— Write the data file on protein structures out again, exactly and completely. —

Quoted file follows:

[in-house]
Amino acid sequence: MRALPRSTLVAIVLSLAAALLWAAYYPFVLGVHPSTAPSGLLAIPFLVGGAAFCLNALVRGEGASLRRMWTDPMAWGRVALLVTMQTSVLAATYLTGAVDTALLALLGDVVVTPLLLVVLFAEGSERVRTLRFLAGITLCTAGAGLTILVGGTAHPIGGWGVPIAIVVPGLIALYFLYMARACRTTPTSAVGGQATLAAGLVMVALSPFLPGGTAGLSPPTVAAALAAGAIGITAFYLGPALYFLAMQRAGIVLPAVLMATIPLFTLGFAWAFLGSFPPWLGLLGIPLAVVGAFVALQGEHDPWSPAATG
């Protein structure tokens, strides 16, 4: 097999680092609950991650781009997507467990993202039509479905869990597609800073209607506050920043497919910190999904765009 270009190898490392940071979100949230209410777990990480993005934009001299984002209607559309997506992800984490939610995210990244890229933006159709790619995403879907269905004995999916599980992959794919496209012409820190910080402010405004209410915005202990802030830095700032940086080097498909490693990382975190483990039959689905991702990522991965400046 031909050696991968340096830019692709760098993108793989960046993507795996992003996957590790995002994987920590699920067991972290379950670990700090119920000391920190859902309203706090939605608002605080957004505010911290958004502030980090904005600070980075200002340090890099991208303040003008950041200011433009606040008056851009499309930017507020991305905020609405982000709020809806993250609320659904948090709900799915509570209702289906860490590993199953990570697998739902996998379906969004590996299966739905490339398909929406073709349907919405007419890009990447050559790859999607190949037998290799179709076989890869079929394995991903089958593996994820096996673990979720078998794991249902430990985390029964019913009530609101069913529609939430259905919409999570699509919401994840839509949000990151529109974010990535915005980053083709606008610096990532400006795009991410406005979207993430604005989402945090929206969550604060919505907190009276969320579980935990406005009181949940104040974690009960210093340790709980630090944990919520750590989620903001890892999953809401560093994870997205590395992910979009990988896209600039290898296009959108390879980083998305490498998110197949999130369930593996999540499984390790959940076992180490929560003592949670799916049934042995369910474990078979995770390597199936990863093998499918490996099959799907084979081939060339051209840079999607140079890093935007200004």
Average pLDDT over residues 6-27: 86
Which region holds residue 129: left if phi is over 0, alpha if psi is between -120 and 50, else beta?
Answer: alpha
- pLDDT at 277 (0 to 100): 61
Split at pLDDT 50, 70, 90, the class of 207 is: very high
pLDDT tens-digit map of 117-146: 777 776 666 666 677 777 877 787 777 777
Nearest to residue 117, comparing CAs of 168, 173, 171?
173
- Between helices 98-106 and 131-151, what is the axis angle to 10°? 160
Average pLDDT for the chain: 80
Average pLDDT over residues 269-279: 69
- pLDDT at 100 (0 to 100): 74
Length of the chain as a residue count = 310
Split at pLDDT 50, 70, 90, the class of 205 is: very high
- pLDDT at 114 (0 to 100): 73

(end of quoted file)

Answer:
[in-house]
Amino acid sequence: MRALPRSTLVAIVLSLAAALLWAAYYPFVLGVHPSTAPSGLLAIPFLVGGAAFCLNALVRGEGASLRRMWTDPMAWGRVALLVTMQTSVLAATYLTGAVDTALLALLGDVVVTPLLLVVLFAEGSERVRTLRFLAGITLCTAGAGLTILVGGTAHPIGGWGVPIAIVVPGLIALYFLYMARACRTTPTSAVGGQATLAAGLVMVALSPFLPGGTAGLSPPTVAAALAAGAIGITAFYLGPALYFLAMQRAGIVLPAVLMATIPLFTLGFAWAFLGSFPPWLGLLGIPLAVVGAFVALQGEHDPWSPAATG
């Protein structure tokens, strides 16, 4: 097999680092609950991650781009997507467990993202039509479905869990597609800073209607506050920043497919910190999904765009 270009190898490392940071979100949230209410777990990480993005934009001299984002209607559309997506992800984490939610995210990244890229933006159709790619995403879907269905004995999916599980992959794919496209012409820190910080402010405004209410915005202990802030830095700032940086080097498909490693990382975190483990039959689905991702990522991965400046 031909050696991968340096830019692709760098993108793989960046993507795996992003996957590790995002994987920590699920067991972290379950670990700090119920000391920190859902309203706090939605608002605080957004505010911290958004502030980090904005600070980075200002340090890099991208303040003008950041200011433009606040008056851009499309930017507020991305905020609405982000709020809806993250609320659904948090709900799915509570209702289906860490590993199953990570697998739902996998379906969004590996299966739905490339398909929406073709349907919405007419890009990447050559790859999607190949037998290799179709076989890869079929394995991903089958593996994820096996673990979720078998794991249902430990985390029964019913009530609101069913529609939430259905919409999570699509919401994840839509949000990151529109974010990535915005980053083709606008610096990532400006795009991410406005979207993430604005989402945090929206969550604060919505907190009276969320579980935990406005009181949940104040974690009960210093340790709980630090944990919520750590989620903001890892999953809401560093994870997205590395992910979009990988896209600039290898296009959108390879980083998305490498998110197949999130369930593996999540499984390790959940076992180490929560003592949670799916049934042995369910474990078979995770390597199936990863093998499918490996099959799907084979081939060339051209840079999607140079890093935007200004």
Average pLDDT over residues 6-27: 86
Which region holds residue 129: left if phi is over 0, alpha if psi is between -120 and 50, else beta?
Answer: alpha
- pLDDT at 277 (0 to 100): 61
Split at pLDDT 50, 70, 90, the class of 207 is: very high
pLDDT tens-digit map of 117-146: 777 776 666 666 677 777 877 787 777 777
Nearest to residue 117, comparing CAs of 168, 173, 171?
173
- Between helices 98-106 and 131-151, what is the axis angle to 10°? 160
Average pLDDT for the chain: 80
Average pLDDT over residues 269-279: 69
- pLDDT at 100 (0 to 100): 74
Length of the chain as a residue count = 310
Split at pLDDT 50, 70, 90, the class of 205 is: very high
- pLDDT at 114 (0 to 100): 73